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Nick Thulin

Geog 195.11

“Political Implications of the Dixie Mission,” Nicholas Thulin.

PSC 171-10 (Chinese Politics), George Washington University, Spring


The purpose of this paper is to analyze the influence of the

United States’ Dixie Mission to China during World War II. The paper
addresses questions of the mission’s strategic successes and failures
after 50 years of relations with both Communist China and Taiwan, and
policies developed from this mission are explored in depth to analyze
whether the mission accomplished its intended military and diplomatic
goals. China’s internal civil war reheated as Japanese forces were
pushed out of the country at the close of World War II. The political
split forced the United States to support Chiang Kai Shek’s Republic
while commencing a top-secret mission to cultivate ties with Mao
Zedong’s Communist government.
Various reports from NSR Archives detail the evolution of engagement
with Mao’s Communist army through the diplomatic Dixie Mission to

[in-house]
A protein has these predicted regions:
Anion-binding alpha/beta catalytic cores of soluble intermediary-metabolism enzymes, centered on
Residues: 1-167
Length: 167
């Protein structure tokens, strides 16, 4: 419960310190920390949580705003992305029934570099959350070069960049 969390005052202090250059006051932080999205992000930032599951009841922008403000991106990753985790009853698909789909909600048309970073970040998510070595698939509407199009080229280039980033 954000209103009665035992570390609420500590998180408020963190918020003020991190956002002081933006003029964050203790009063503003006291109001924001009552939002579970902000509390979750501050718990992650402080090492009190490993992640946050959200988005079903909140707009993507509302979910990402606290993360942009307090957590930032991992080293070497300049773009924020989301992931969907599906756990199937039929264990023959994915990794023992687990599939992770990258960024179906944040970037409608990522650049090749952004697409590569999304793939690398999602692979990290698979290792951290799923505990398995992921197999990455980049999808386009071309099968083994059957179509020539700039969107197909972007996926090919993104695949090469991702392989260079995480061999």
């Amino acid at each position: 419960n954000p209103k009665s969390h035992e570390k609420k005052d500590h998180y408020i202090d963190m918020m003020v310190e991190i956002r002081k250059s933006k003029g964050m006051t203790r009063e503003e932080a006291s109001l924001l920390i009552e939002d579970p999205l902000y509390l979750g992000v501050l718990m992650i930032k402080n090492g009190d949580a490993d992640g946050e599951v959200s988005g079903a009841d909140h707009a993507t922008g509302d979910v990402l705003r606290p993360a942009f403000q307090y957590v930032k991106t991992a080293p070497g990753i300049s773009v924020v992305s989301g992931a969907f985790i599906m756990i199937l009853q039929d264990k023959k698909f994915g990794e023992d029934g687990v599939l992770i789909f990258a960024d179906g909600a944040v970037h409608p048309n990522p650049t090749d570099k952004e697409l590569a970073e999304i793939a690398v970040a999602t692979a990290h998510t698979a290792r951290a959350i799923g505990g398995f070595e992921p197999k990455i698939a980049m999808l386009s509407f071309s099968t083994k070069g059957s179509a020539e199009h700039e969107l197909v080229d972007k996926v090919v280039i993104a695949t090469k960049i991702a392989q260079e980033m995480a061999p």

Mainland China, and official letters sent between Presidents Franklin
Roosevelt and Truman to Mao’s Communist army are used to analyse
four years of (mostly secret) US diplomatic engagement. The mission’s
outcome encouraged the US government to expand ties with the
Chinese régime, as they were the healthier of the two armies and were
chosen as the eventual victor over Chiang Kai Shek’s army. However,
public opinion feared the spread of Communism around the world, and
this domestic fear influence foreign relations with China, negating the
Dixie Mission’s recommendations. While the Dixie Mission failed to
extend diplomatic relations with Mainland China, diplomats utilized the
mission’s lessons to rebuild relations with China in the late 20th

Key words: China, Mao Zedong, Chiang Kai Shek, United States
Government, World War II, President Franklin Delano Roosevelt, US
Military, Communism.